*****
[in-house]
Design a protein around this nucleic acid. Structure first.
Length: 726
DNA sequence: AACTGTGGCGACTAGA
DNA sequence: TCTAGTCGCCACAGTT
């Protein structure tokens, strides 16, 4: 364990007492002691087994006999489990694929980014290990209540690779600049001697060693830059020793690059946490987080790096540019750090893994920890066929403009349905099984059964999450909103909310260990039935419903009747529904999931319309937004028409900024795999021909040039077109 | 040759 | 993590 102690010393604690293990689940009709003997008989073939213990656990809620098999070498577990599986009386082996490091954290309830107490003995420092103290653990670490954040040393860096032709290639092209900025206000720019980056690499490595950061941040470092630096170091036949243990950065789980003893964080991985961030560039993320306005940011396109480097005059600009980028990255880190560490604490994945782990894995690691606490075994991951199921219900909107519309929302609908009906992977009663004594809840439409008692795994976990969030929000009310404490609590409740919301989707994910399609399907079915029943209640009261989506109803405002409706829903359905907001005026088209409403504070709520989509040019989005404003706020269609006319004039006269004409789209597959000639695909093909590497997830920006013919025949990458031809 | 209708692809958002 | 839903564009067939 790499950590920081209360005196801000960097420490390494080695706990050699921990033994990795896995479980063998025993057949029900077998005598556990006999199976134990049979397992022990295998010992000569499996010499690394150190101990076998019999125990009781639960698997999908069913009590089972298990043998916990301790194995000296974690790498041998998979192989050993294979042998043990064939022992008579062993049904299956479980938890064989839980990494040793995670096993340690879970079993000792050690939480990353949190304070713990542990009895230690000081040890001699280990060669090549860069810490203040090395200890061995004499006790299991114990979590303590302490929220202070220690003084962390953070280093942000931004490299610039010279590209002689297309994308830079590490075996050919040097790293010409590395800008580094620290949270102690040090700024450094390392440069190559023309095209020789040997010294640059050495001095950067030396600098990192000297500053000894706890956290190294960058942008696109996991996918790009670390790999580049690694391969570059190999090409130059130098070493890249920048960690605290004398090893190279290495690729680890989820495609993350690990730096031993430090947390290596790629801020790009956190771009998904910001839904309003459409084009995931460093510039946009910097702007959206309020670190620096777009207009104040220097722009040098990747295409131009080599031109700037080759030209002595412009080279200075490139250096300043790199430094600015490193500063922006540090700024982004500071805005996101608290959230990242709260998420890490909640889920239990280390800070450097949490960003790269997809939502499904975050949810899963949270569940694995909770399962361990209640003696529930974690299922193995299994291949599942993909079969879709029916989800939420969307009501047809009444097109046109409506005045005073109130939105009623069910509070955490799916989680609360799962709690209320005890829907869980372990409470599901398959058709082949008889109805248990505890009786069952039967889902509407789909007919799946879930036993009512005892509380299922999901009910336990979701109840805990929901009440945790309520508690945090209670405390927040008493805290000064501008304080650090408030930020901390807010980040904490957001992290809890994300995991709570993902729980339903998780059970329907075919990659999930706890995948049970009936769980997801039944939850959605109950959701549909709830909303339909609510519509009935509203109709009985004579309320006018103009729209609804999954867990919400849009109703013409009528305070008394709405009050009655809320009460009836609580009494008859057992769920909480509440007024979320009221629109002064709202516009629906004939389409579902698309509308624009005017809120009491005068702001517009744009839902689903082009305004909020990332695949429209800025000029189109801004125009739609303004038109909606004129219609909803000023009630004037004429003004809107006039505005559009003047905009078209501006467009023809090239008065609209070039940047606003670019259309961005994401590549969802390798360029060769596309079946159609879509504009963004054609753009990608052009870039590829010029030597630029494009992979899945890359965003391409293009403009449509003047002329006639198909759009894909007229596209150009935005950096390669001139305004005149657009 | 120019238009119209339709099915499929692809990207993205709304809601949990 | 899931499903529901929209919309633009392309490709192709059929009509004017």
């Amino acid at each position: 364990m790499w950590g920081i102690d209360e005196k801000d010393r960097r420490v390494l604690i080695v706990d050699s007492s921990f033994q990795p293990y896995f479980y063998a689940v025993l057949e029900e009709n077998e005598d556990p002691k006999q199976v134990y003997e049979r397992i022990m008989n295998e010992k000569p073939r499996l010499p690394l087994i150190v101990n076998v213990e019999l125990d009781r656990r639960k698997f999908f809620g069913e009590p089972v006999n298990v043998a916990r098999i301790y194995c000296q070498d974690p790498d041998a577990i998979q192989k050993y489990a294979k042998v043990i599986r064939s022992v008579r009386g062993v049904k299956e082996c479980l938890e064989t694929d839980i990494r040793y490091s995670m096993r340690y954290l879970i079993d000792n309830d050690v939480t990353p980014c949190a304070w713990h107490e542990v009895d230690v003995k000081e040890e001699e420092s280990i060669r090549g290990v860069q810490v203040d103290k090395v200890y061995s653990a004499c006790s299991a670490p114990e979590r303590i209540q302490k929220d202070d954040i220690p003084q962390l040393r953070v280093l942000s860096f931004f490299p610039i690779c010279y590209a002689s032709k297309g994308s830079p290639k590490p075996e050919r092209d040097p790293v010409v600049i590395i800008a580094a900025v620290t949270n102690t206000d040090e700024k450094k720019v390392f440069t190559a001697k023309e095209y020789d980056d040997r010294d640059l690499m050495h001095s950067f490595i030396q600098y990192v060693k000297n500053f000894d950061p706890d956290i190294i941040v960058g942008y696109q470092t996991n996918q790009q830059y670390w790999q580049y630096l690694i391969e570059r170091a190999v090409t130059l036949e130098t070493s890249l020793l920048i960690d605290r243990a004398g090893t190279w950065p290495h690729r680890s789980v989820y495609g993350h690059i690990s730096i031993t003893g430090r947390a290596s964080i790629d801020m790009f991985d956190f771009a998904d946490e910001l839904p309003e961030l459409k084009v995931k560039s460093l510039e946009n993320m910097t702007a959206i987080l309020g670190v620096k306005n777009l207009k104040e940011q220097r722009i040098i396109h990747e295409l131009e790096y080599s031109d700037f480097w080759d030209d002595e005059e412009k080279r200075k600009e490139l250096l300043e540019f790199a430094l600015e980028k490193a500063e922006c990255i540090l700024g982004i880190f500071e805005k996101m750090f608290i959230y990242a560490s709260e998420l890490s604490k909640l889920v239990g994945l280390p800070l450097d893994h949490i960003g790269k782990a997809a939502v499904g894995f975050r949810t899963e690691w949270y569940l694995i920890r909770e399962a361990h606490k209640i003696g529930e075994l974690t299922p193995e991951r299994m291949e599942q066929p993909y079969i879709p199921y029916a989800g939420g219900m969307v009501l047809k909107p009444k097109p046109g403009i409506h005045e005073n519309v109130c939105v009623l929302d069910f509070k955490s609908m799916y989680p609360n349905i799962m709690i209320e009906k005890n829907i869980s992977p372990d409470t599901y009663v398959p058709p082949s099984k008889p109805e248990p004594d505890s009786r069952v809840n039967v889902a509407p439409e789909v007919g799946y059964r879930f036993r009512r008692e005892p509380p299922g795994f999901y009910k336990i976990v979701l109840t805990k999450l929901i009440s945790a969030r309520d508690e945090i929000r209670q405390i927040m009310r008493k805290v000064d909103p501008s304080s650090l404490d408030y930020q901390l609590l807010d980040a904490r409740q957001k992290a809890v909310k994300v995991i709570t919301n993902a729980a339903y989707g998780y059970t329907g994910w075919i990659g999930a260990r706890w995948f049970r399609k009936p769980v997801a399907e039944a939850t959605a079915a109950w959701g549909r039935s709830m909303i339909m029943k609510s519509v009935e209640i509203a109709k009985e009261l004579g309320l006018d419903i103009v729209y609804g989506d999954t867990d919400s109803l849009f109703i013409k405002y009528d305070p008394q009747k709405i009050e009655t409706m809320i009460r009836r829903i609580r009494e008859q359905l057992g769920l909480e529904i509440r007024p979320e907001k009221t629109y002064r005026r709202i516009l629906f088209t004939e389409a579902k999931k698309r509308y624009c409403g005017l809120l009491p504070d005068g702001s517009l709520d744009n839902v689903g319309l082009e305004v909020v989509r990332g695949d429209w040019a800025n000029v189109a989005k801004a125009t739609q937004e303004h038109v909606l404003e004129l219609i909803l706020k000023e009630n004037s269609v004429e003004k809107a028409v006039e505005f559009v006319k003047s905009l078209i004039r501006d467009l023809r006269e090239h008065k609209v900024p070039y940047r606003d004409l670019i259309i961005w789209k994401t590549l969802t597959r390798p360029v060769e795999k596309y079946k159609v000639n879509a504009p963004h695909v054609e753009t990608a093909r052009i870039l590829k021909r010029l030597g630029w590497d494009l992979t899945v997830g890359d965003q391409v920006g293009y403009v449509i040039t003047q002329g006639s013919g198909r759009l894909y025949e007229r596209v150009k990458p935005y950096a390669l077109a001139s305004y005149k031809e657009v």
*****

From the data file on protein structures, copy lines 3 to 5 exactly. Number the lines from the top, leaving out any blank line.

Length: 726
DNA sequence: AACTGTGGCGACTAGA
DNA sequence: TCTAGTCGCCACAGTT